Some see urine, we see a sustainable power source.
“If we can harness the potential power of human waste, we could revolutionise how electricity is generated.”
Dr Mirella Di Lorenzo, Department of Chemical Engineering
With growing global pressures to reduce reliance on fossil fuels and the associated greenhouse gas emissions, microbial fuel cells could be an exciting alternative. PhD student Jon Chouler, Dr Mirella Di Lorenzo & Dr Petra Cameron from the University’s Department of Chemical Engineering, Department of Chemistry and the Centre for Sustainable Chemical Technologies (CSCT), have worked with Queen Mary University of London and the Bristol Bioenergy Centre, to devise a new kind of microbial fuel cell that is smaller, more powerful and cheaper than other similar devices.
This device uses natural biological processes of ‘electric’ bacteria to turn organic matter, such as urine, into electricity. These fuel cells are efficient and produce very little waste in comparison to other methods of electricity generation.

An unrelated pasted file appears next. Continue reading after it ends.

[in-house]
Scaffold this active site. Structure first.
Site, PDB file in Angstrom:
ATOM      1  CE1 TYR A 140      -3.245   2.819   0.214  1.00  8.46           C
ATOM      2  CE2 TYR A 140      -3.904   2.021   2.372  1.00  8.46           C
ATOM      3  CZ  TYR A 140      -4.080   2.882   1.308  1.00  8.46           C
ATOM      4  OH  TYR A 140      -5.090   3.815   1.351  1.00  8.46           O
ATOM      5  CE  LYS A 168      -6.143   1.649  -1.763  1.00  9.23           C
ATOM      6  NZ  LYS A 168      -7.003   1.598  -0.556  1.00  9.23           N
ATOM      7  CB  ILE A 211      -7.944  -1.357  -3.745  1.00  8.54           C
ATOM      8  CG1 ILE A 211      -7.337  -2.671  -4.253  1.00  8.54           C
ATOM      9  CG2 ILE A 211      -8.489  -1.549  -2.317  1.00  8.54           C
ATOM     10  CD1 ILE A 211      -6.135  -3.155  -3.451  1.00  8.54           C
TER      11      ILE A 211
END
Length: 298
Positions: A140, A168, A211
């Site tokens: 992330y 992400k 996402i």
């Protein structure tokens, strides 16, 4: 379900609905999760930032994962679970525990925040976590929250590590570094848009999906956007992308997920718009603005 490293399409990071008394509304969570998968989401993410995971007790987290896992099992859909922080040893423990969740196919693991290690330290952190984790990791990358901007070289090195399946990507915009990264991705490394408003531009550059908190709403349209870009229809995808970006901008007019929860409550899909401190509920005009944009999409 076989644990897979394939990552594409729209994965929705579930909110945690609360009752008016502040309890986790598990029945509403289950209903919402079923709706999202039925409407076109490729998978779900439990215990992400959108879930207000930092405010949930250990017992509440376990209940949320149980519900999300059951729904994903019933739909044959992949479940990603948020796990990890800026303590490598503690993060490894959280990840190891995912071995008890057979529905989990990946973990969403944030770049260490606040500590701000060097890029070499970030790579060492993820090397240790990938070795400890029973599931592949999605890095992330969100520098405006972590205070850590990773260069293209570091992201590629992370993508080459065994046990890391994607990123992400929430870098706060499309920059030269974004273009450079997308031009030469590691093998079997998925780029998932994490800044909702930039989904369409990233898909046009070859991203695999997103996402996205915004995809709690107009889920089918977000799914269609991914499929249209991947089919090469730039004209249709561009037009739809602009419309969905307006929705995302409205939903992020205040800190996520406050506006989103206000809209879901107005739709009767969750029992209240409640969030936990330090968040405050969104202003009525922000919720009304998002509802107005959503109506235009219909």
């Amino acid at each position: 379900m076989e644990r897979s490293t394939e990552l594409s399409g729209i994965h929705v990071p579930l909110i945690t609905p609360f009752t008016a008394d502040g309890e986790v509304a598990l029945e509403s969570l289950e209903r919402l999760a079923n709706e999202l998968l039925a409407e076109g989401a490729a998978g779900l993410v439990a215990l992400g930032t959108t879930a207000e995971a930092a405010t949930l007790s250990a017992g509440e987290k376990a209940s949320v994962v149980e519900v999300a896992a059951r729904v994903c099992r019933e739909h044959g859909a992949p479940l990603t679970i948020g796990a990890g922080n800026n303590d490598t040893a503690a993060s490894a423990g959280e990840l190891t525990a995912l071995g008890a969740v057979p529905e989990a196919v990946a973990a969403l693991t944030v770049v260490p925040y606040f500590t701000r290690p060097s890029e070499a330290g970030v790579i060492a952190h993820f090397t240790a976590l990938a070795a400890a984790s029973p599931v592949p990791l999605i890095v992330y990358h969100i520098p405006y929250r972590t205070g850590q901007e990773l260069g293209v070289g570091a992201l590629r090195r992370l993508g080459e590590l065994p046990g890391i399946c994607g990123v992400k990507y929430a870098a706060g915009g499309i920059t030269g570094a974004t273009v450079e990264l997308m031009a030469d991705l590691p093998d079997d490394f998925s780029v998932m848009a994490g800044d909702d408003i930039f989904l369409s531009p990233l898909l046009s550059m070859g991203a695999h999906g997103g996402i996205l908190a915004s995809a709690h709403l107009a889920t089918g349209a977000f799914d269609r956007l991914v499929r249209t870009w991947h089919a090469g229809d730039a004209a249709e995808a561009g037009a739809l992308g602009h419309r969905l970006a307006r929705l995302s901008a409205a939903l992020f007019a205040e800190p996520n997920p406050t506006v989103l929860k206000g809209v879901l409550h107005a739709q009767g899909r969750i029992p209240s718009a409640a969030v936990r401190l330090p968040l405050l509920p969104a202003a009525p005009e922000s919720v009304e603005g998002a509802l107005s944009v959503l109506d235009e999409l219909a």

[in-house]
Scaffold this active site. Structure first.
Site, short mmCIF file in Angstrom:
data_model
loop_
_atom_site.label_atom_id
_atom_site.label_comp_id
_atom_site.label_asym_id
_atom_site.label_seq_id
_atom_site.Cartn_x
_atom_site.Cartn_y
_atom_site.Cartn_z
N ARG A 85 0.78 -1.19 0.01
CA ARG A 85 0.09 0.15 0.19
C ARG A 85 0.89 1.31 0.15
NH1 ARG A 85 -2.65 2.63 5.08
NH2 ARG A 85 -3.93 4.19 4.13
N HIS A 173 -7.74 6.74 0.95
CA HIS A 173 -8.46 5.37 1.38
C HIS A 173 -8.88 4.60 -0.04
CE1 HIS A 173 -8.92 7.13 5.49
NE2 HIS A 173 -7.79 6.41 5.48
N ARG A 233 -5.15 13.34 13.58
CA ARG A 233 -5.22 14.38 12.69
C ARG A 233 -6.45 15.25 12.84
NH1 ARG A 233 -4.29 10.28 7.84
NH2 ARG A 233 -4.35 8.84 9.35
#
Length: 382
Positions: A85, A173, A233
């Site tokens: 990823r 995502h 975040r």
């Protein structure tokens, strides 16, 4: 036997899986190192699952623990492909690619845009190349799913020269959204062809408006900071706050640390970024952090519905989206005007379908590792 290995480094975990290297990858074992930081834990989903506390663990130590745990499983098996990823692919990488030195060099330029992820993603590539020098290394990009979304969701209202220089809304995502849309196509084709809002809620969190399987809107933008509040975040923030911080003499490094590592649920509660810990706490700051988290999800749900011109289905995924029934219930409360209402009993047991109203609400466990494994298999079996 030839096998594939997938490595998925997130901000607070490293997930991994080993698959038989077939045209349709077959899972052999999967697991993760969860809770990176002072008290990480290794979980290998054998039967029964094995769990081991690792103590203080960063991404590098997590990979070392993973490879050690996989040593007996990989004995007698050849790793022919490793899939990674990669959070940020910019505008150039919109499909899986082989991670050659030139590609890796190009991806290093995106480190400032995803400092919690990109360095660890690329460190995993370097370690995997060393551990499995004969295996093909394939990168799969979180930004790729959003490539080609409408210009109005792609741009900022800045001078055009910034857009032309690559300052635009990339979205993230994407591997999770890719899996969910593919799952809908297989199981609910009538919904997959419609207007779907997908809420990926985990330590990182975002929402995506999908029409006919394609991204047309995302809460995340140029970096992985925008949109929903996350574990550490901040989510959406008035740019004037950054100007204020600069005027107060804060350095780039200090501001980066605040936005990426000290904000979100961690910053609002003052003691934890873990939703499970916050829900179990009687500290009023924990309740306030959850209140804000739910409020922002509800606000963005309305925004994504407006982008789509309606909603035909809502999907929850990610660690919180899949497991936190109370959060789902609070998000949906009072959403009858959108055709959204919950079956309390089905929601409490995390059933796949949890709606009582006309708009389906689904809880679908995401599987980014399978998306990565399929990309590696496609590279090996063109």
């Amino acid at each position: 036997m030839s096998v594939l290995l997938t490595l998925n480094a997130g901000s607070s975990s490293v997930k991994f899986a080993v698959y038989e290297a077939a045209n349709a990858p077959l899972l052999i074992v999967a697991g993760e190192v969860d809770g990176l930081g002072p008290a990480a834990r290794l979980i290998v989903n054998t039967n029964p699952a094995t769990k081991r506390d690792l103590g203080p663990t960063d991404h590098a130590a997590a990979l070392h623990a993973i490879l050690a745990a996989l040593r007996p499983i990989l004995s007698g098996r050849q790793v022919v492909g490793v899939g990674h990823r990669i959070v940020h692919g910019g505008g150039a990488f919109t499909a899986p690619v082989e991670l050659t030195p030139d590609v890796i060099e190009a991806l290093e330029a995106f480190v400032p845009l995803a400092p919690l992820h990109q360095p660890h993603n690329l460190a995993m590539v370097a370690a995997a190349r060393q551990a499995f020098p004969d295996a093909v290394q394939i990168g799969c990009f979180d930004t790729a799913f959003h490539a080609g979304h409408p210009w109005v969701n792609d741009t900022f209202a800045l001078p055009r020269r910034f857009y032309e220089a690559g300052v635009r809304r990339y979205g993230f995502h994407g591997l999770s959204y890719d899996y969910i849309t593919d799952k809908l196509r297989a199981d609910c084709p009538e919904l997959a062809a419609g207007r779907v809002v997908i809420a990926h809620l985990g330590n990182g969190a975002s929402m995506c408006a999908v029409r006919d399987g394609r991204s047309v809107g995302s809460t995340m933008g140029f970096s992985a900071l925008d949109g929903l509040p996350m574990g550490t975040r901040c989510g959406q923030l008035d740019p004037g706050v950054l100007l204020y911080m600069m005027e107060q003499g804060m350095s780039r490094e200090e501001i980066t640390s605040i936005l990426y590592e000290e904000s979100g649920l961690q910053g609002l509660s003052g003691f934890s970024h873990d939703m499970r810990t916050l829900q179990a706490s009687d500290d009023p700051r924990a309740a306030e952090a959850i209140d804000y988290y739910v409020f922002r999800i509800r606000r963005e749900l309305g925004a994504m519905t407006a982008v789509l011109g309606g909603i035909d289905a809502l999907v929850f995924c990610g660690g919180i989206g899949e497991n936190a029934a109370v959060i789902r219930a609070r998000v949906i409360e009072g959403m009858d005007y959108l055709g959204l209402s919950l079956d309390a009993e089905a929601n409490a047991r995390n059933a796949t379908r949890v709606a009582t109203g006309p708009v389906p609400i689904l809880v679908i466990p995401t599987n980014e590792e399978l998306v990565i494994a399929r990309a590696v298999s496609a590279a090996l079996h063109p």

In practice, urine will pass through the microbial fuel cell for the reaction to happen. From here, electricity is generated by the bacteria which can then be stored or used to directly power electrical devices.
In the near future this device could provide a means of generating much needed electricity to remote areas at very little cost.
PhD student, Jon Chouler said: “Microbial fuel cells could be a great source of energy in developing countries, particularly in impoverished and rural areas.
“To have created technology that can potentially transform the lives of poor people who don’t have access to, or cannot afford electricity, is an exciting prospect. I hope this will enable those in need to enjoy a better quality of life as a result of our research.”
Find out more about Mirella Di Lorenzo